As an answer from @thorumur's comment:
You might find Szabolcs' wonderful IGraph package useful, possibly the function IGGetSubisomorphism in particular, which (from the documentation) seems to find a mapping that realizes its first argument as a subgraph of its second argument if such a mapping exists.
g = PetersenGraph;
(* get the 3d coordinates of the graph vertices *)
coords = Append[#, 0] & /@ GraphEmbedding[g];
points = Point[coords];
(* create lines between the edges *)
connections = EdgeList[g];
lines = Line[coords[[#]]] & /@ (connections /. UndirectedEdge -> List);
(* generate some signals on each vertex as lines pointing upwards *)
Graph objects render as a visual representation by default. This is merely for convenience, not a way to visualize the graph. If you want to explicitly visualize it, use GraphPlot.
Once the graph gets large, visualization becomes expensive. I wouldn't want my work to be slowed down (or at worst: the notebook interface hang) when working with large graphs ...
We can use AdjacencyList[g,v] to find the neighbors of a vertex v in graph g.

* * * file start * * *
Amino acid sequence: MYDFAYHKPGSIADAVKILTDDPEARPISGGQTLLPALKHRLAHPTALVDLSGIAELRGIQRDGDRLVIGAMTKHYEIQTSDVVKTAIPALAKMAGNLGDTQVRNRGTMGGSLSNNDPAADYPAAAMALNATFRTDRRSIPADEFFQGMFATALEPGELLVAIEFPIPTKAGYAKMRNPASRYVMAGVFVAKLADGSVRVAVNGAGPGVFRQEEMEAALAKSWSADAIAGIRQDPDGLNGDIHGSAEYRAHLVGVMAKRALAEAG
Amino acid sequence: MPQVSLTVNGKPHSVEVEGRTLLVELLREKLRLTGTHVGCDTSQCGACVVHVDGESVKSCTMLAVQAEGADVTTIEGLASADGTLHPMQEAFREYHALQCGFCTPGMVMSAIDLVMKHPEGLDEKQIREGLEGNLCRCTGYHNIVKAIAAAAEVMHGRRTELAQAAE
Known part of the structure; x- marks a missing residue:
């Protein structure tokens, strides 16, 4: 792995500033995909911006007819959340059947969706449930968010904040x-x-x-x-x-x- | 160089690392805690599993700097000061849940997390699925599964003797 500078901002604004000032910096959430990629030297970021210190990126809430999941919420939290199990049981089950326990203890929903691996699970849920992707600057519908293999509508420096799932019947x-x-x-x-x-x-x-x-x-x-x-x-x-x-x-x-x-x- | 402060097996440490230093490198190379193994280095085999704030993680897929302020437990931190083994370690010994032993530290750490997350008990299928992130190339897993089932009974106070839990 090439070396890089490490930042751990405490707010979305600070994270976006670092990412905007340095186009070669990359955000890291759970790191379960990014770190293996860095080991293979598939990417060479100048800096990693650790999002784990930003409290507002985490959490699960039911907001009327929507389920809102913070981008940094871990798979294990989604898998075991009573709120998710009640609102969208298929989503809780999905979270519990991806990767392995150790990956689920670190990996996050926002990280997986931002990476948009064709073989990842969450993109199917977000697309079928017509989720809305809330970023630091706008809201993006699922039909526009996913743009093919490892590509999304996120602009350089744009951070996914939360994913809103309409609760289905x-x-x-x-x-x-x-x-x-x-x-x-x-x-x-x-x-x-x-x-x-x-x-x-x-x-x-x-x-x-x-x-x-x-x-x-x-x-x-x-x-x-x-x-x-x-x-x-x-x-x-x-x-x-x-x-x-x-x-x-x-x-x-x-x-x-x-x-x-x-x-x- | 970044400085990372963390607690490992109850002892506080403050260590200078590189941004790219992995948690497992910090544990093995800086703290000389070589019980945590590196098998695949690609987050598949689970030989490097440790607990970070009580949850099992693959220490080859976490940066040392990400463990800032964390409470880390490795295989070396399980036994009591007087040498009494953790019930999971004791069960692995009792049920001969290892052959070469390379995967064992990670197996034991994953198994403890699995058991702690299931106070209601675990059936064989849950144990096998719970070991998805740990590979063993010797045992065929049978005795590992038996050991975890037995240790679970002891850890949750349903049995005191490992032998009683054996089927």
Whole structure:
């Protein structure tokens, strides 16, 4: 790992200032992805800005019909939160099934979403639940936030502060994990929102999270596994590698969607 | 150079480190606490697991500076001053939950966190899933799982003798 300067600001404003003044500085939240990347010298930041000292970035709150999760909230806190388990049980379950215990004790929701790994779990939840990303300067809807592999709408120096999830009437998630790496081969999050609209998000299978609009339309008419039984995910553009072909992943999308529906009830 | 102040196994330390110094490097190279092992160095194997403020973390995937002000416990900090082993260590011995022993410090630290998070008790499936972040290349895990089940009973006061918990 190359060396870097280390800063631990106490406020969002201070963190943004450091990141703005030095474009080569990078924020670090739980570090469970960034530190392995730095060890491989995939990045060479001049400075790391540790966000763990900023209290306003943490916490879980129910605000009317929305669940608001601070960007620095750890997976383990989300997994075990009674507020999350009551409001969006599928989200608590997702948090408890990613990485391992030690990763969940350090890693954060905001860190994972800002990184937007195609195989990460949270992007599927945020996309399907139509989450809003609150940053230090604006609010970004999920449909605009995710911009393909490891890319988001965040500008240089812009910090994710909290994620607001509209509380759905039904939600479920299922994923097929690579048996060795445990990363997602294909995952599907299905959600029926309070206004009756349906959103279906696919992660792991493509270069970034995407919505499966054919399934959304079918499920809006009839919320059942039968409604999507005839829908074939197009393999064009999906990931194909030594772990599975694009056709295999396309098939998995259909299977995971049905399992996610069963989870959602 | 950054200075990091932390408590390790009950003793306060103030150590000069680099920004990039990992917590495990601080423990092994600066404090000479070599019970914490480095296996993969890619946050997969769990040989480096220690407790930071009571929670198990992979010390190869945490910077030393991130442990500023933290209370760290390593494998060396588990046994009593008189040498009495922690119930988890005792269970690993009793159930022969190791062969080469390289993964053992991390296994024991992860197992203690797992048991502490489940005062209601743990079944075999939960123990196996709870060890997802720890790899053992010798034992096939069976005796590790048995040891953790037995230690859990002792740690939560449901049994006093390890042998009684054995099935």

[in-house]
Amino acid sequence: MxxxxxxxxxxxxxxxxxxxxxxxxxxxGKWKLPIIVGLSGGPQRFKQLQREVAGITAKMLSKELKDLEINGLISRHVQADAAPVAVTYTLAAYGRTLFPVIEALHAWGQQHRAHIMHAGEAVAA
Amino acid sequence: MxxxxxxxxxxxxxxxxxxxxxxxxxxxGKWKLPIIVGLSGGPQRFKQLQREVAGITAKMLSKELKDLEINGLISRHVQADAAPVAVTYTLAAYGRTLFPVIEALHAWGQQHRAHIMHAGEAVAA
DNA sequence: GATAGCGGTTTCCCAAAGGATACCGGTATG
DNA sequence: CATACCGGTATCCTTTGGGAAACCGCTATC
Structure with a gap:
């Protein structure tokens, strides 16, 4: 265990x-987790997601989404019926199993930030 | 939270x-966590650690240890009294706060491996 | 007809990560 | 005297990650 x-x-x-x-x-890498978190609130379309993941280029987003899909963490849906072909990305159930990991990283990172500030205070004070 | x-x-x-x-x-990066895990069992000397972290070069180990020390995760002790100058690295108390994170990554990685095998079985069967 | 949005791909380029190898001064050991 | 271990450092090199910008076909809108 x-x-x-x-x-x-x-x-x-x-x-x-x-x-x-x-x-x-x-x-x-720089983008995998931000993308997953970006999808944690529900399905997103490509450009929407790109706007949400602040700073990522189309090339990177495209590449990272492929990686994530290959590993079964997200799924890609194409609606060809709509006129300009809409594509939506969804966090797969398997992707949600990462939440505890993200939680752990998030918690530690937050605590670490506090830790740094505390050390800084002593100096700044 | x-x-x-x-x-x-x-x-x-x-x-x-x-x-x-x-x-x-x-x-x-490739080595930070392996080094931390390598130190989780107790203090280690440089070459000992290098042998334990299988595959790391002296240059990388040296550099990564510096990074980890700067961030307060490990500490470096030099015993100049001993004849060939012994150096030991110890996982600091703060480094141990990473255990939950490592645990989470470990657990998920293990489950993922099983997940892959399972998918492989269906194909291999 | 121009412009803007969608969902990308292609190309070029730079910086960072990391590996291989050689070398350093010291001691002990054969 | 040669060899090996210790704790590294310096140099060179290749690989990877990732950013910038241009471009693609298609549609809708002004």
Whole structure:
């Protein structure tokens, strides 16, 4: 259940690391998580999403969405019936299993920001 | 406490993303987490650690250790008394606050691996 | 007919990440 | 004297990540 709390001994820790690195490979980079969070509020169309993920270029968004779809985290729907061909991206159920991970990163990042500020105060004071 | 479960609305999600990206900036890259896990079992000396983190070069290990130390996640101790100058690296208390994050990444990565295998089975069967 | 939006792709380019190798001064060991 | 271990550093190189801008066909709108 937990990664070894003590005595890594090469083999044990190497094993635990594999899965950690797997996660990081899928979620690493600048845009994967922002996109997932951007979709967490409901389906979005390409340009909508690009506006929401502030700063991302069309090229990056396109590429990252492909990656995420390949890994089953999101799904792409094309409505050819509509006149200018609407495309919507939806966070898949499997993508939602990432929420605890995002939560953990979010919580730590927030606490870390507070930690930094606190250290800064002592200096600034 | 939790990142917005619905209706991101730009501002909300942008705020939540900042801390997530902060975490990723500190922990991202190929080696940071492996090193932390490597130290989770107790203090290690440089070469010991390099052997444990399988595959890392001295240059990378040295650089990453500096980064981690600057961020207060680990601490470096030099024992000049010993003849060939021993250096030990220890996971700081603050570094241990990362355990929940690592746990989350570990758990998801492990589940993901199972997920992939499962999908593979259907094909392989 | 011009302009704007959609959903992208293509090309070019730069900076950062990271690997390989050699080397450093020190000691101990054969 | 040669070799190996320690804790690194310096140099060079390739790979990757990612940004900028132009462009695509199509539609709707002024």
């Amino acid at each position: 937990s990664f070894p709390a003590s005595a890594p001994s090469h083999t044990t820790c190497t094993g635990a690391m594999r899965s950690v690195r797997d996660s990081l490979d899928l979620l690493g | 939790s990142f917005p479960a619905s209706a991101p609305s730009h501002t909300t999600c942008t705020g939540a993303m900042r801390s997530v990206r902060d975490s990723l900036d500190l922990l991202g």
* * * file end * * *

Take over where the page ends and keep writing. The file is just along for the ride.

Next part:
Construct a subgraph of g formed by neighbors of the focal node.
Then we can use FindHamiltonianPath on the subgraph starting with the east neighbor and ending with the south-east neighbor of the focal node to get the neighbors in desired order.
Use the desired list of colors and ...
Here's what I came up with. It's messy, but it seems to work. I'm sure someone would be able to do a better implementation. I don't even know how to store a result so I don't have to type out cpF[cpF[VertexList[g1], VertexList[g2]],cpF[VertexList[g1], VertexList[g2]]], nor can I figure out why Cartesian Product of a list isn't working normally, thus why I ...